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Tuesday, May 15, 2018

Make a Wormie Hotel

ALL about Earthworms (Lumbricus terrestris)


Worms become very upset if you handle them, so, please, 
 wear plastic gloves or use a soft paint brush  when you touch them!!

Earthworm facts
  • Earthworms live everywhere where there is damp soil and rotting vegetation.
  • They dig large burrows that let water and air into the earth.
  • These burrows keep out soil healthy.
  • They drag dead leaves into the earth and eat them.
  • The soil and the leaves pass through the worm's body and is left in little pieces call CASTINGS on top of the ground.
  • Earthworm castings help plants grow.
  • AFTER a heavy rainfall, worms crawl to the top of their burrows and sometimes drown in water puddles. SO, when it rains, see how many worms you can save!


  • There are over 2000 species of earthworms around the world.
  • The smallest worms are about 1/2 inch long.
  • The largest worm lives in Australia and can be 6 feet long!

   The Earthworm's body:

  • Earthworms are INVERTEBRATES which means they don't have bones.
  • Their soft bodies can be brown or red.
  • They have a small brain, 5 hearts, and they breathe through their skin.
  • Earthworms are blind.
  • They use their tiny sensory organs to feeel things around them.
  • They lay very small eggs.

YOU can build your own WORMIE HOTEL - I DID!!

  •    A plastic container with a lid.
  •    Make a few air holes in the bottom so that liquid can drain out.
  •    Support your hotel on bricks placed inside a tray so that you collect any water that drains off.

  • Fill the bottom of the Hotel with about an inch of wet, 

shredded paper.

  • Put your plastic gloves on and add a few worms.
  • Cut up dinner left-overs into very small pieces.
  • Put a layer of straw or damp newspaper over the top.
  • Finally, put on the tight fitting lid so that flies don't get 

into the Hotel.

**  Check each week and make sure the soil is damp and 
there's plenty of food for the worms.

  • Coffee grounds and wet tea bags.
  • Fruit and vegetable peelings.
  • Cereal, bread, and crushed egg shells.

  • Meat and fish.
  • Fat or greasy foods.
  • Milk, cheese, cream, rice, pasta and cooked potatoes!!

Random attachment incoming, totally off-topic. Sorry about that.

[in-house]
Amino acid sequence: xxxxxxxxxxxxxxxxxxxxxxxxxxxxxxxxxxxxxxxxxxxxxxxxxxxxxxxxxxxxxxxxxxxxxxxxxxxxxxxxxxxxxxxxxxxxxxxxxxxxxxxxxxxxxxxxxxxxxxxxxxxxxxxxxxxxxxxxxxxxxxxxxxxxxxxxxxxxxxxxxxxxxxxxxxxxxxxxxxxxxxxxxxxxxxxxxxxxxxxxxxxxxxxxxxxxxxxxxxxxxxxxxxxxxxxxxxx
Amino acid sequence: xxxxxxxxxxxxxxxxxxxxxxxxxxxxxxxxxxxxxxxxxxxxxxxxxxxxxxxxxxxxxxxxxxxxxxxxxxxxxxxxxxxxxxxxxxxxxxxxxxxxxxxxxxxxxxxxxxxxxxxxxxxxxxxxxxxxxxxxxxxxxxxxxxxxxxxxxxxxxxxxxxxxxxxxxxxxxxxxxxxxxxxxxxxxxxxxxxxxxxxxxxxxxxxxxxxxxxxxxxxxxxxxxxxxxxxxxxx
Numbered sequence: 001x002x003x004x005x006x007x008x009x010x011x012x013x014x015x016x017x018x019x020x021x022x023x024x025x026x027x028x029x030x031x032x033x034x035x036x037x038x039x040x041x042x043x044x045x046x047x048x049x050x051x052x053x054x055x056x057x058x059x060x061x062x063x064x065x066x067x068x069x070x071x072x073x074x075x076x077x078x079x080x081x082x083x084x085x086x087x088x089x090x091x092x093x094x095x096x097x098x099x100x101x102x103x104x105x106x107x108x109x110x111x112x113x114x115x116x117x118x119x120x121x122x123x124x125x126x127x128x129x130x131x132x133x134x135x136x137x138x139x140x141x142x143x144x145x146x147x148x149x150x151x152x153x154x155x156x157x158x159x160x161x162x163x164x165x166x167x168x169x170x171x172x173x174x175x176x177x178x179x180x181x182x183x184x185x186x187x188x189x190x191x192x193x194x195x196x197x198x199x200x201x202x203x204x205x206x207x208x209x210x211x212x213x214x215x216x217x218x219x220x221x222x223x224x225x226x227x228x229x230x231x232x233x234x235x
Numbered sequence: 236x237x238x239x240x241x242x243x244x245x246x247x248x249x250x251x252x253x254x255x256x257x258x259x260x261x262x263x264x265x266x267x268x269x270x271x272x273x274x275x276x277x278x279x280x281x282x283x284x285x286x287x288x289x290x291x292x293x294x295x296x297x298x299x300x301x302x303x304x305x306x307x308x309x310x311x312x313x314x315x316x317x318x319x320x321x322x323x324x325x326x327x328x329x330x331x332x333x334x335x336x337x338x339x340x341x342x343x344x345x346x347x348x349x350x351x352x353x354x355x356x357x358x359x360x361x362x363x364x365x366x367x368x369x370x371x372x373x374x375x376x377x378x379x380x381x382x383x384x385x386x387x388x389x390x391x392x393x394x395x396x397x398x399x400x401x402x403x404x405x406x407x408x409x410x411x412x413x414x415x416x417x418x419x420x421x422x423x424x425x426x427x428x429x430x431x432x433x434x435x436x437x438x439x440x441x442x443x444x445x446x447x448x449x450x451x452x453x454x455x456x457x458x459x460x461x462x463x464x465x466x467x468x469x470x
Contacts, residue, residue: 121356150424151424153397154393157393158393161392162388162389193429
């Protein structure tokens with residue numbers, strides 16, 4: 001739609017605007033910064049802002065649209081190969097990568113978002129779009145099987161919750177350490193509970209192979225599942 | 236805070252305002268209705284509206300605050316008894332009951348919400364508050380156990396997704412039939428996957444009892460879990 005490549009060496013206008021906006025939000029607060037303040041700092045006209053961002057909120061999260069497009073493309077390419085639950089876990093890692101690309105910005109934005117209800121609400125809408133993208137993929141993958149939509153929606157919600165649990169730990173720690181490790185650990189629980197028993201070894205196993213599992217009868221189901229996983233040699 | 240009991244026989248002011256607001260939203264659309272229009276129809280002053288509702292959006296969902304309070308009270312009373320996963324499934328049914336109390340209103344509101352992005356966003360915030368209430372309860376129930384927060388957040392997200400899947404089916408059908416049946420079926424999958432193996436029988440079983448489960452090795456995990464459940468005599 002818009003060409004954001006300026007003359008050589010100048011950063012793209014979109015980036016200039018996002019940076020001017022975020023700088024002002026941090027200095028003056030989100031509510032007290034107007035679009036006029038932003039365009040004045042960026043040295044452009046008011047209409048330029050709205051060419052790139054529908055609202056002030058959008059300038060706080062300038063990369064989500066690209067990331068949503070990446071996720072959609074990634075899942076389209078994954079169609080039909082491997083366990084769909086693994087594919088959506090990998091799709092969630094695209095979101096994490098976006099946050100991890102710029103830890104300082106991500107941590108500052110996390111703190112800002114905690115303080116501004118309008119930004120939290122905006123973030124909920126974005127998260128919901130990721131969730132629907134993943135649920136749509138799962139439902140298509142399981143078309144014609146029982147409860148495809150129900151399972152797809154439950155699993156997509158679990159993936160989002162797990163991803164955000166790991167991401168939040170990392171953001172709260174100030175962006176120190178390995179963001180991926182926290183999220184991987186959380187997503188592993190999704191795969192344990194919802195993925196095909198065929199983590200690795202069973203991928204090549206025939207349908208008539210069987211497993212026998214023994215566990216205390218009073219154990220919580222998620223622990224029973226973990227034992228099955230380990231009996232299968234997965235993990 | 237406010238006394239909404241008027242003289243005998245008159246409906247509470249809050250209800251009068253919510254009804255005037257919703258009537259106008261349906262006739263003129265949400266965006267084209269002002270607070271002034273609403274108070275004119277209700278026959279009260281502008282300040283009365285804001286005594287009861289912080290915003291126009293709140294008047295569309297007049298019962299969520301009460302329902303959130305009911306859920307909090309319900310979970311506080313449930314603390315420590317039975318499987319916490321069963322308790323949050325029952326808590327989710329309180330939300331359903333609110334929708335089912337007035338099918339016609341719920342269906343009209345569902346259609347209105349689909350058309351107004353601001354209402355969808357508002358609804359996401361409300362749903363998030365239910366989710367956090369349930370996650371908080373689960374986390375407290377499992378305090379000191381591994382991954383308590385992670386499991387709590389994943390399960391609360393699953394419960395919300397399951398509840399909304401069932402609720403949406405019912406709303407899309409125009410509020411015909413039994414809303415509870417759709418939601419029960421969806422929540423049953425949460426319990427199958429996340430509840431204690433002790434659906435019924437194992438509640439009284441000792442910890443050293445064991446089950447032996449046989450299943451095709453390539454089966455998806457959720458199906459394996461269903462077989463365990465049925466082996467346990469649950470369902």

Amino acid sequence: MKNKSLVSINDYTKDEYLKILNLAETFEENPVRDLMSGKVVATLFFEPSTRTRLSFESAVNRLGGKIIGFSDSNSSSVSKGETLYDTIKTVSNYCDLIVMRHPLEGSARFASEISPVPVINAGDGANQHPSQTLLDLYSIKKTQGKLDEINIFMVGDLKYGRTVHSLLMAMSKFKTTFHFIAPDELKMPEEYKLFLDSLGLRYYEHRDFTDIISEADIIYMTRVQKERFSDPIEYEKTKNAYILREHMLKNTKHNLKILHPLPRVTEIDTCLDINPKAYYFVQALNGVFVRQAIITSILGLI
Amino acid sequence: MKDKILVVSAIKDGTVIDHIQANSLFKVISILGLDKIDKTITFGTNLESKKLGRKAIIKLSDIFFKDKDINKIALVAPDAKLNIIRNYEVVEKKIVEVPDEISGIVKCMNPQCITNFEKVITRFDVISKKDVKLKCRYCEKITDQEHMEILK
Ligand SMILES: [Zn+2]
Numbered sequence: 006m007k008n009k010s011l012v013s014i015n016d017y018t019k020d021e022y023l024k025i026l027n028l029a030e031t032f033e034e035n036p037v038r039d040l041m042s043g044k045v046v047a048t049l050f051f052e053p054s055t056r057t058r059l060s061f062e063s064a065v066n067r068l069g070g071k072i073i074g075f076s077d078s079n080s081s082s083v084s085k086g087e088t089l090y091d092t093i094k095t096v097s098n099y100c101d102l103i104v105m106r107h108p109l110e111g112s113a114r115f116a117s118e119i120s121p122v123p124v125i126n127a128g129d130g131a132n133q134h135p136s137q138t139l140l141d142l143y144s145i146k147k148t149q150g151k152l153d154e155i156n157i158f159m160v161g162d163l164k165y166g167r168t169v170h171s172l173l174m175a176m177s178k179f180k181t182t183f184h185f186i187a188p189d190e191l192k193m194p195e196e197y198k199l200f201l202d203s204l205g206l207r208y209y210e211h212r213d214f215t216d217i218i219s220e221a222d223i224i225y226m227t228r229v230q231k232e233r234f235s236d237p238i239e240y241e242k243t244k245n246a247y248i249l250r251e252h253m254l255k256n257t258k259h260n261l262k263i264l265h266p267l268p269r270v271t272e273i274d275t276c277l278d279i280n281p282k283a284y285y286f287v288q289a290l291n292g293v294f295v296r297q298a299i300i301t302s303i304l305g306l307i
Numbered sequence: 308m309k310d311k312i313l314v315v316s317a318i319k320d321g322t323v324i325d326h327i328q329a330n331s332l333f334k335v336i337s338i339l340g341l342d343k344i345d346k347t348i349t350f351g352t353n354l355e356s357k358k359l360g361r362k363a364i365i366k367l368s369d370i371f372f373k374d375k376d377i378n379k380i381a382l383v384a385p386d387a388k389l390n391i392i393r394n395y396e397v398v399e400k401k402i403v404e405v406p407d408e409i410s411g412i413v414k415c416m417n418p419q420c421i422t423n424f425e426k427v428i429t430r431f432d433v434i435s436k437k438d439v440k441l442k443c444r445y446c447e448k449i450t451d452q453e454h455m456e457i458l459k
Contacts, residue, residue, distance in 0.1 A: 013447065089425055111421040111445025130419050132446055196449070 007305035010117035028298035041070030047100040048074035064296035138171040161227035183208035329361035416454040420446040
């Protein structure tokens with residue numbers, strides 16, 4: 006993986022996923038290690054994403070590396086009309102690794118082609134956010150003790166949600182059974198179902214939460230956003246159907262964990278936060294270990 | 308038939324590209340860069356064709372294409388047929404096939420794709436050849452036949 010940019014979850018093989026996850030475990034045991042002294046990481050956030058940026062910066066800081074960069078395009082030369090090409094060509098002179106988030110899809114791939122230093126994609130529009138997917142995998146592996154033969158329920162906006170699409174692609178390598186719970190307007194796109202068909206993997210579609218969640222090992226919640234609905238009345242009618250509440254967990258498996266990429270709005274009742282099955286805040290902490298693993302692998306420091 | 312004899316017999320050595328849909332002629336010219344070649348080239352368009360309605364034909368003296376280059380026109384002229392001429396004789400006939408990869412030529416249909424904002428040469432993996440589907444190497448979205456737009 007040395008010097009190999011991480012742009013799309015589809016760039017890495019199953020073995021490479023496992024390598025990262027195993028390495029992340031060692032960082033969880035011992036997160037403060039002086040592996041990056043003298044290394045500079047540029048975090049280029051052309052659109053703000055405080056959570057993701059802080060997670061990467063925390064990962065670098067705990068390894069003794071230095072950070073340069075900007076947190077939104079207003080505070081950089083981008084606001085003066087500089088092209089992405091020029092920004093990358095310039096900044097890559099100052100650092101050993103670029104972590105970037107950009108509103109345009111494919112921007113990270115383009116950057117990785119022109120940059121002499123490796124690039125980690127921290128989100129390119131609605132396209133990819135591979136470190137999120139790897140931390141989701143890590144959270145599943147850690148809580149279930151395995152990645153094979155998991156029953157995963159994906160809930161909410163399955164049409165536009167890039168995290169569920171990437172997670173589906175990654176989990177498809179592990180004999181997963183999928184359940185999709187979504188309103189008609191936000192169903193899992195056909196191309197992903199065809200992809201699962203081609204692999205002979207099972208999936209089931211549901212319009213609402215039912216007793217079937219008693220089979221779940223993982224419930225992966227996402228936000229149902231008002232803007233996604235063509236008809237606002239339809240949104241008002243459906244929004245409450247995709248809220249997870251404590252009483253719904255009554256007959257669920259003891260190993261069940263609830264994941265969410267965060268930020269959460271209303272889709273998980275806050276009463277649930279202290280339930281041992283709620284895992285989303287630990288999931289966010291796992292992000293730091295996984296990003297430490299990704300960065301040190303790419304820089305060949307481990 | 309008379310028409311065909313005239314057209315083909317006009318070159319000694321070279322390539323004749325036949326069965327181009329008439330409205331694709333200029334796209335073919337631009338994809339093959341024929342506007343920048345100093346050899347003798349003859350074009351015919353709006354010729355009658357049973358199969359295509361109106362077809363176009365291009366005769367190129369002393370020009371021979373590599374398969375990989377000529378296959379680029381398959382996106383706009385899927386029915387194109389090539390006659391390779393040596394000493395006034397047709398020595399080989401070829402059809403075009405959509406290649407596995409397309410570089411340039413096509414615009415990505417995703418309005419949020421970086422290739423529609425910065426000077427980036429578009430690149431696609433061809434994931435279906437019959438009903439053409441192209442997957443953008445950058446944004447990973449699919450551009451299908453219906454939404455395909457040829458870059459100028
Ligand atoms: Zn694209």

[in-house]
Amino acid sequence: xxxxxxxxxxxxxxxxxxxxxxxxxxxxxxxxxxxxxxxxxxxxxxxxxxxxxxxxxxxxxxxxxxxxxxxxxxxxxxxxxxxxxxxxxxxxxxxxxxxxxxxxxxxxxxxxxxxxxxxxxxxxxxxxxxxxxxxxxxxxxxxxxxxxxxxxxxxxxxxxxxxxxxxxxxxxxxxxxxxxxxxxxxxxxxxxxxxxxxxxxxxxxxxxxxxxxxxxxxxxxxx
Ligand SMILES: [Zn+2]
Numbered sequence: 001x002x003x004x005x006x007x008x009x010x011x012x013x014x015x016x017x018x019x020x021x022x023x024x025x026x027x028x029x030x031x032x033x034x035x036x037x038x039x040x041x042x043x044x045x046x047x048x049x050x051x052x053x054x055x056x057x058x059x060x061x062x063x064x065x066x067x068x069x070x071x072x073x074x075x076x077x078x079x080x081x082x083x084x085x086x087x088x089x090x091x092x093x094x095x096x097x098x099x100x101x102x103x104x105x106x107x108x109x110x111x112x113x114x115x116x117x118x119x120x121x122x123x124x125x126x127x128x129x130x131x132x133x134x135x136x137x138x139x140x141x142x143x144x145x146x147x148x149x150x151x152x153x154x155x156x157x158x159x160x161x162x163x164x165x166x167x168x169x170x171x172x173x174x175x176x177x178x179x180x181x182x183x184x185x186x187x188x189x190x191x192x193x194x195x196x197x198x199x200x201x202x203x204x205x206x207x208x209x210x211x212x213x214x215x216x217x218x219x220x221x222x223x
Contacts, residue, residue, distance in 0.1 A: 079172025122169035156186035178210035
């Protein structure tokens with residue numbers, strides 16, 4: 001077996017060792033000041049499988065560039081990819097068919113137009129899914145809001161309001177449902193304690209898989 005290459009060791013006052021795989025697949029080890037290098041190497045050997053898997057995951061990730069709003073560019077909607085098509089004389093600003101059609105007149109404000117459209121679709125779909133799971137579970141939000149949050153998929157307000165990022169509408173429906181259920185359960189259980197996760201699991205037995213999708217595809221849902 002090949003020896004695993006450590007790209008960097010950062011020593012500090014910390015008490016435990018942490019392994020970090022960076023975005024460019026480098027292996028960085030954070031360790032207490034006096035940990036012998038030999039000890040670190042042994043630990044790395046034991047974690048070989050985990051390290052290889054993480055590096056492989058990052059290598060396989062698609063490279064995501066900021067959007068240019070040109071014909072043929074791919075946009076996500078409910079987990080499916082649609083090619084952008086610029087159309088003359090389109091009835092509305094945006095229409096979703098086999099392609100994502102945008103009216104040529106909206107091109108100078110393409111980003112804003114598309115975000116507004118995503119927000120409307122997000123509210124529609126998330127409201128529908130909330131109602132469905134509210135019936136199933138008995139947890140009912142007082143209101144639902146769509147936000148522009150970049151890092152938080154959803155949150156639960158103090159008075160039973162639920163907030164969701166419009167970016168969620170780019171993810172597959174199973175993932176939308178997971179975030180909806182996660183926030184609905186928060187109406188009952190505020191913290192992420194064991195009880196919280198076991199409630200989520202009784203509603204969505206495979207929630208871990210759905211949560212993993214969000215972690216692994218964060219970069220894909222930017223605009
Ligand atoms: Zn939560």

Monday, May 14, 2018

Today's (May 14) Senior Science class

       Another full Senior Scientist class this morning...

I began by showing my senior scientist class a pocket museum containing a piece of leg bone I found over the weekend, shaped into a tool, then telling them about the two ants I saw working together to drag a dead bluebottle home for dinner..................and, having got their interest, I showed  some of Jeannine's books, created when she was a teacher.

Before I handed them out, I told the 2002 story in the New York Times of Pluto's demise as a planet, and Jeannine's subsequent class communication with Venetia Phair, who, in 1930, when a young girl, named the newly discovered planet, Pluto.

They were mesmorized, and so taken by the quality of the children's illustrations in the hand-made books...................especially the one they sent to Venetia in England - which began a period of correspondence between Venetia and Jeannine's children.

Twnrty minutes later, when I'd answered most of the questions and the chatter eased a bit, I handed each senior scientist a small treasure jar containing earth I collected some time ago when out on a walk..................a pair of tweezers, an empty tin and a magnifying glass.

Each jar was loaded with small fossils and crystals.............the senior scientists teased out their finds and set them aside from the earth. Then, when the time was right,  I handed each of them a small magnet........and showed them how to gently move it close to the soil.............they were thrilled when the magnet attracted the magnetite crystals buried in the earth, all deposits from overhead meteor showers........................